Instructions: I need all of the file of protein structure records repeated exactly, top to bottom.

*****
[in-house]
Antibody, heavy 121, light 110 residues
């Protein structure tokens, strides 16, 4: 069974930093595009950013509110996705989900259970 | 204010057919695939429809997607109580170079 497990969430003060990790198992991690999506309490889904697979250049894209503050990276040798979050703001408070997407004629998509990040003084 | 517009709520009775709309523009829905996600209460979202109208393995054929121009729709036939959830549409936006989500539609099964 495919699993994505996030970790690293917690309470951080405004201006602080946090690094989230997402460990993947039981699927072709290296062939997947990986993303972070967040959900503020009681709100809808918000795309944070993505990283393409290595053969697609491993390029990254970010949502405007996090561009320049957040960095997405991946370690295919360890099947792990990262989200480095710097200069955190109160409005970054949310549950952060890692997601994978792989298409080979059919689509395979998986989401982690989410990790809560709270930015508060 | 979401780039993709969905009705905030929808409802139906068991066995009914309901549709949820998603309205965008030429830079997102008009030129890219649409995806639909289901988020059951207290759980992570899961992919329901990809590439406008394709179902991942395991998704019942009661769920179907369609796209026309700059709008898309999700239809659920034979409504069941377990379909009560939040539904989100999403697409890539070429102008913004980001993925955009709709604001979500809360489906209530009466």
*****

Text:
[in-house]
Antibody, heavy 121, light 110 residues
């Protein structure tokens, strides 16, 4: 069974930093595009950013509110996705989900259970 | 204010057919695939429809997607109580170079 497990969430003060990790198992991690999506309490889904697979250049894209503050990276040798979050703001408070997407004629998509990040003084 | 517009709520009775709309523009829905996600209460979202109208393995054929121009729709036939959830549409936006989500539609099964 495919699993994505996030970790690293917690309470951080405004201006602080946090690094989230997402460990993947039981699927072709290296062939997947990986993303972070967040959900503020009681709100809808918000795309944070993505990283393409290595053969697609491993390029990254970010949502405007996090561009320049957040960095997405991946370690295919360890099947792990990262989200480095710097200069955190109160409005970054949310549950952060890692997601994978792989298409080979059919689509395979998986989401982690989410990790809560709270930015508060 | 979401780039993709969905009705905030929808409802139906068991066995009914309901549709949820998603309205965008030429830079997102008009030129890219649409995806639909289901988020059951207290759980992570899961992919329901990809590439406008394709179902991942395991998704019942009661769920179907369609796209026309700059709008898309999700239809659920034979409504069941377990379909009560939040539904989100999403697409890539070429102008913004980001993925955009709709604001979500809360489906209530009466």